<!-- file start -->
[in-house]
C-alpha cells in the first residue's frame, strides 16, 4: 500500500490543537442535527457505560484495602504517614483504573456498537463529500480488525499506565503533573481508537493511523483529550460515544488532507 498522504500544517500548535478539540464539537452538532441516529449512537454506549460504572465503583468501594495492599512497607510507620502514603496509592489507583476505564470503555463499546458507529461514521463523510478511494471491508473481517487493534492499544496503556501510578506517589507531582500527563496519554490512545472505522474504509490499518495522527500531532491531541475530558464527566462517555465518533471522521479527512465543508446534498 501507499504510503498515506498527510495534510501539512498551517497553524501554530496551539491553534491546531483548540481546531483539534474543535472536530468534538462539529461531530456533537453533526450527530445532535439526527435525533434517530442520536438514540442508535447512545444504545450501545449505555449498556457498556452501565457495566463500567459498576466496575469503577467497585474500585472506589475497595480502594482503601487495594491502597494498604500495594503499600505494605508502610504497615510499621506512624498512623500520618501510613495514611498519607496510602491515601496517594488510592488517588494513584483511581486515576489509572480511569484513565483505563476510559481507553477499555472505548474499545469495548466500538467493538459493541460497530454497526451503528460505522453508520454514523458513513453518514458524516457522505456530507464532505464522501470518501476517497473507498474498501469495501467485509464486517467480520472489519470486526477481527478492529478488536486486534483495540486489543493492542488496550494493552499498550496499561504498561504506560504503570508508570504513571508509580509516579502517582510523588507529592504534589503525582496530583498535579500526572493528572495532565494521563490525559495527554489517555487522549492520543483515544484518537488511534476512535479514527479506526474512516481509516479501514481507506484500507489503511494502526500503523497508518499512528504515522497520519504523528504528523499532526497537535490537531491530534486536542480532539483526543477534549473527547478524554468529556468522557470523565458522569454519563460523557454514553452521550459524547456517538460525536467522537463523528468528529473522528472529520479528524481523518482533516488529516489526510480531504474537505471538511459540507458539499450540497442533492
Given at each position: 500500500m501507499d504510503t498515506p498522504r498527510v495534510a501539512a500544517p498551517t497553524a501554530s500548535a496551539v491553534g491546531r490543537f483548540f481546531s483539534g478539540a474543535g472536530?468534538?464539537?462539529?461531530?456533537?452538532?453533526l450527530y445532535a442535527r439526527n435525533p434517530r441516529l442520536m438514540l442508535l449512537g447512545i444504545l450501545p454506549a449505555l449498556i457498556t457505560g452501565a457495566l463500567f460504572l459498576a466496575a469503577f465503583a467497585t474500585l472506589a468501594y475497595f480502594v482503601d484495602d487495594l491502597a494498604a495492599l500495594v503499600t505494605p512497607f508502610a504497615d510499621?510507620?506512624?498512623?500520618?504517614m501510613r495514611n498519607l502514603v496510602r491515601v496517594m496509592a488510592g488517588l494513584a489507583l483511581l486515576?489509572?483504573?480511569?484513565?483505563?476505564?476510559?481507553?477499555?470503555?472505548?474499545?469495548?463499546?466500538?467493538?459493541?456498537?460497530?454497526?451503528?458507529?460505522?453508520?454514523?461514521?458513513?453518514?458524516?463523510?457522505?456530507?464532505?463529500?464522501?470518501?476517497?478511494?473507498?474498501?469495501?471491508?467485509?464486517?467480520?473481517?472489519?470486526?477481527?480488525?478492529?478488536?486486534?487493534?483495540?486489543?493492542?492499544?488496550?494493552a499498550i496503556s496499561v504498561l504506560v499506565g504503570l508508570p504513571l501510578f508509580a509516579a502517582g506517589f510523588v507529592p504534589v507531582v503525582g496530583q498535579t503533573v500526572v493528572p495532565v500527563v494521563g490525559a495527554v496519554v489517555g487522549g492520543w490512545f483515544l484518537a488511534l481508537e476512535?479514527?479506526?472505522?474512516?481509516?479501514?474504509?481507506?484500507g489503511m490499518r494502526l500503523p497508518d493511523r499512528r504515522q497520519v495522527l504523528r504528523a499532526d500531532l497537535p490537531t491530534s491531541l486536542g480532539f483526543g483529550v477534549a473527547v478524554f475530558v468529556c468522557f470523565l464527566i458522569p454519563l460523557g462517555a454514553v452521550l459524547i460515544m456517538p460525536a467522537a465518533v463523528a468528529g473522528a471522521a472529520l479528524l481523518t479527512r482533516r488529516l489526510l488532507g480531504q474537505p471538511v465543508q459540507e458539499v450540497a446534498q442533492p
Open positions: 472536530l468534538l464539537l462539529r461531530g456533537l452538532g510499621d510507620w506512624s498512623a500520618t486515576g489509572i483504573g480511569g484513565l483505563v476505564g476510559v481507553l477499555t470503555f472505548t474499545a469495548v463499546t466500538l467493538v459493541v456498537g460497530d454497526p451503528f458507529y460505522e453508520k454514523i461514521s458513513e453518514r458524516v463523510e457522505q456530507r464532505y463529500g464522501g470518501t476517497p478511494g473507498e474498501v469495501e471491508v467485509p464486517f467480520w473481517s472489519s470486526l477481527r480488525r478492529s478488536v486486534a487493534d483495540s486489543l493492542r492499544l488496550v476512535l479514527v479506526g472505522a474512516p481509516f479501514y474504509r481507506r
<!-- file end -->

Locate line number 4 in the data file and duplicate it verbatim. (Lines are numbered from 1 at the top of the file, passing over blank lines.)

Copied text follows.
Open positions: 472536530l468534538l464539537l462539529r461531530g456533537l452538532g510499621d510507620w506512624s498512623a500520618t486515576g489509572i483504573g480511569g484513565l483505563v476505564g476510559v481507553l477499555t470503555f472505548t474499545a469495548v463499546t466500538l467493538v459493541v456498537g460497530d454497526p451503528f458507529y460505522e453508520k454514523i461514521s458513513e453518514r458524516v463523510e457522505q456530507r464532505y463529500g464522501g470518501t476517497p478511494g473507498e474498501v469495501e471491508v467485509p464486517f467480520w473481517s472489519s470486526l477481527r480488525r478492529s478488536v486486534a487493534d483495540s486489543l493492542r492499544l488496550v476512535l479514527v479506526g472505522a474512516p481509516f479501514y474504509r481507506r